The chronic infection established by the human immunodeficiency virus 1 (HIV-1) produces serious CD4+ T cell immunodeficiency despite the decrease in HIV-1 ribonucleic acid (RNA) levels and the raised life expectancy of people living with HIV-1 (PLWH) through treatment with combined antiretroviral therapies (cART). HIV-1 enters the central nervous system (CNS), where perivascular macrophages and microglia are infected. Serious neurodegenerative symptoms related to HIV-associated neurocognitive disorders (HAND) are produced by infection of the CNS. Despite advances in the treatment of this infection, HAND significantly contribute to morbidity and mortality globally. The pathogenesis and the role of inflammation in HAND are still incompletely understood. Principally, growing evidence shows that the CNS is an anatomical reservoir for viral infection and replication, and that its compartmentalization can trigger the evolution of neurological damage and thus make virus eradication more difficult. In this review, important concepts for understanding HAND and neuropathogenesis as well as the viral proteins involved in the CNS as an anatomical reservoir for HIV infection are discussed. In addition, an overview of the recent advancements towards therapeutic strategies for the treatment of HAND is presented. Further neurological research is needed to address neurodegenerative difficulties in people living with HIV, specifically regarding CNS viral reservoirs and their effects on eradication.

Borrajo, A., Svicher, V., Salpini, R., Pellegrino, M., Aquaro, S. (2021). Crucial Role of Central Nervous System as a Viral Anatomical Compartment for HIV-1 Infection. MICROORGANISMS, 9(12) [10.3390/microorganisms9122537].

Crucial Role of Central Nervous System as a Viral Anatomical Compartment for HIV-1 Infection

Svicher, Valentina;Salpini, Romina;Aquaro, Stefano
2021-12-08

Abstract

The chronic infection established by the human immunodeficiency virus 1 (HIV-1) produces serious CD4+ T cell immunodeficiency despite the decrease in HIV-1 ribonucleic acid (RNA) levels and the raised life expectancy of people living with HIV-1 (PLWH) through treatment with combined antiretroviral therapies (cART). HIV-1 enters the central nervous system (CNS), where perivascular macrophages and microglia are infected. Serious neurodegenerative symptoms related to HIV-associated neurocognitive disorders (HAND) are produced by infection of the CNS. Despite advances in the treatment of this infection, HAND significantly contribute to morbidity and mortality globally. The pathogenesis and the role of inflammation in HAND are still incompletely understood. Principally, growing evidence shows that the CNS is an anatomical reservoir for viral infection and replication, and that its compartmentalization can trigger the evolution of neurological damage and thus make virus eradication more difficult. In this review, important concepts for understanding HAND and neuropathogenesis as well as the viral proteins involved in the CNS as an anatomical reservoir for HIV infection are discussed. In addition, an overview of the recent advancements towards therapeutic strategies for the treatment of HAND is presented. Further neurological research is needed to address neurodegenerative difficulties in people living with HIV, specifically regarding CNS viral reservoirs and their effects on eradication.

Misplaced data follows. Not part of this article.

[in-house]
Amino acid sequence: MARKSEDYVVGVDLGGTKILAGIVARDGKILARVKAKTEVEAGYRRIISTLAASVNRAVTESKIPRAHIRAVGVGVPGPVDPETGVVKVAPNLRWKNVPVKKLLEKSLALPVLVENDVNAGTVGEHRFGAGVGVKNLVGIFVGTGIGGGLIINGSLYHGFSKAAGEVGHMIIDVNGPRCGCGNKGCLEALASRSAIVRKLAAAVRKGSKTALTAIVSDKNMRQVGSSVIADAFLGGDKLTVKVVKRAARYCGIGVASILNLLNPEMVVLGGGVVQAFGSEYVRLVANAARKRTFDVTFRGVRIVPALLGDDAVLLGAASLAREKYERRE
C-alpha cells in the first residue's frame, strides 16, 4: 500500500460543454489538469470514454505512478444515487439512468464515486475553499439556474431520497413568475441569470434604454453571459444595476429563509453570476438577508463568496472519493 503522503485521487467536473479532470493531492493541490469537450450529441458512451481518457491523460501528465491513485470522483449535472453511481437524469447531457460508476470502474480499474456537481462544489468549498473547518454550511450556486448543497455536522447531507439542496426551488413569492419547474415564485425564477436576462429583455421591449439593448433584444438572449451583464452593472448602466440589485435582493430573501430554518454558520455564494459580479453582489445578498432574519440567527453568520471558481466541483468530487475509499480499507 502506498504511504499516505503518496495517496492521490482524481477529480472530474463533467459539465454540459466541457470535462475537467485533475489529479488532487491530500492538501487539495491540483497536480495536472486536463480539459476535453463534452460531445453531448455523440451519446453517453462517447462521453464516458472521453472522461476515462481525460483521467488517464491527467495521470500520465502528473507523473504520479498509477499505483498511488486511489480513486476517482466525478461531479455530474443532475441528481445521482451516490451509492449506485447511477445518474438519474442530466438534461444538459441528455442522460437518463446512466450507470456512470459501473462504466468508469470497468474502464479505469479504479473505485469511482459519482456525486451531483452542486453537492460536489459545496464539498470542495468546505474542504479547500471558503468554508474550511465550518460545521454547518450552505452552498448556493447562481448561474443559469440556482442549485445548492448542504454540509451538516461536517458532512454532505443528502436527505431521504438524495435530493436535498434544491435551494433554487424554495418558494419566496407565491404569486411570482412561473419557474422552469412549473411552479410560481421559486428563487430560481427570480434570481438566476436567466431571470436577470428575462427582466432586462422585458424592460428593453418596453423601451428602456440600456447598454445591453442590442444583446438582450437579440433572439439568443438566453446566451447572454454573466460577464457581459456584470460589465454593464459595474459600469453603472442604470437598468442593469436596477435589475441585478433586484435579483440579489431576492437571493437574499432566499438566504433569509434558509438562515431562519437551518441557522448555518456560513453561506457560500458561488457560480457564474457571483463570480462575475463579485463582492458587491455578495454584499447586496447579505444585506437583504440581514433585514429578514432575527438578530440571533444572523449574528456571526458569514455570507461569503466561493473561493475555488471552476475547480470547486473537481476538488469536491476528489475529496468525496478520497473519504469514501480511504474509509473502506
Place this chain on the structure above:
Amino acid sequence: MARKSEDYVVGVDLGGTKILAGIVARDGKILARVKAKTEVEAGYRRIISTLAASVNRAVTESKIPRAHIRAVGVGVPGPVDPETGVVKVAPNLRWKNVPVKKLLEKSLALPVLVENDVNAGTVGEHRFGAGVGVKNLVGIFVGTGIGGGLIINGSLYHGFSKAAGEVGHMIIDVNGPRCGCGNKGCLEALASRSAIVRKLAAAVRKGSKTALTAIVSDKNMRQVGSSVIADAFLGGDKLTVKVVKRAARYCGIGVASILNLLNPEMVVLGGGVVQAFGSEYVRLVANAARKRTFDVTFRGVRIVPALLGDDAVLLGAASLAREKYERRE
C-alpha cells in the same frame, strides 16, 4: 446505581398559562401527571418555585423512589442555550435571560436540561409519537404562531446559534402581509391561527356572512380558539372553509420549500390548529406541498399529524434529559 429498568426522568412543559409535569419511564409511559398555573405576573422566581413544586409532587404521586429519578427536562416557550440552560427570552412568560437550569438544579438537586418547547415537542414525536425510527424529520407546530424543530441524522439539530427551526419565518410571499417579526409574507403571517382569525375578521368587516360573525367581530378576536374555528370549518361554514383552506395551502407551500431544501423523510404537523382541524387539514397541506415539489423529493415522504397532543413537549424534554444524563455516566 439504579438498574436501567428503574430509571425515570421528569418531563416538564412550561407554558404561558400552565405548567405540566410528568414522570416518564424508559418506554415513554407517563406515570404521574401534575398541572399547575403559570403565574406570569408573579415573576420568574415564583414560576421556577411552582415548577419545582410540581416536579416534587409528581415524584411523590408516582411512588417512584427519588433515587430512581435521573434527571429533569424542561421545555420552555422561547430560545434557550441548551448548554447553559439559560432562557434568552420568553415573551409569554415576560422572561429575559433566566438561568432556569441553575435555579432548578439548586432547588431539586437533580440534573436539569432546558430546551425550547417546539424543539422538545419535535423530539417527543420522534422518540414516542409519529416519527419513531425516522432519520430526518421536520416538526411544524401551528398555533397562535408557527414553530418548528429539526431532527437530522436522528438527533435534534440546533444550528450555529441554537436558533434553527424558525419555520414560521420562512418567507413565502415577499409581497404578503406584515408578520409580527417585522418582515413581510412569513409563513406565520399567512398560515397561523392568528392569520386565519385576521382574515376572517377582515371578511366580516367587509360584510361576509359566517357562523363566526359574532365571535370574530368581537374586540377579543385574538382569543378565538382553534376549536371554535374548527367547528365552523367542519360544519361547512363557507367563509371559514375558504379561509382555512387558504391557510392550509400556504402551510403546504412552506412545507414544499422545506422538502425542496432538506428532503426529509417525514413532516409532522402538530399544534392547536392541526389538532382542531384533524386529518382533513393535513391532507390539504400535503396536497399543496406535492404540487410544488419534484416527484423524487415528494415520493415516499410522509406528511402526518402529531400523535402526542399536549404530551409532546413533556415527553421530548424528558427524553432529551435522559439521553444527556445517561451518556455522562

Pubblicato
Rilevanza internazionale
Articolo
Sì, ma tipo non specificato
Settore MED/07
English
HAND
central nervous system
human immunodeficiency virus
reservoir
Borrajo, A., Svicher, V., Salpini, R., Pellegrino, M., Aquaro, S. (2021). Crucial Role of Central Nervous System as a Viral Anatomical Compartment for HIV-1 Infection. MICROORGANISMS, 9(12) [10.3390/microorganisms9122537].
Borrajo, A; Svicher, V; Salpini, R; Pellegrino, M; Aquaro, S
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Utilizza questo identificativo per citare o creare un link a questo documento: http://hdl.handle.net/2108/304357
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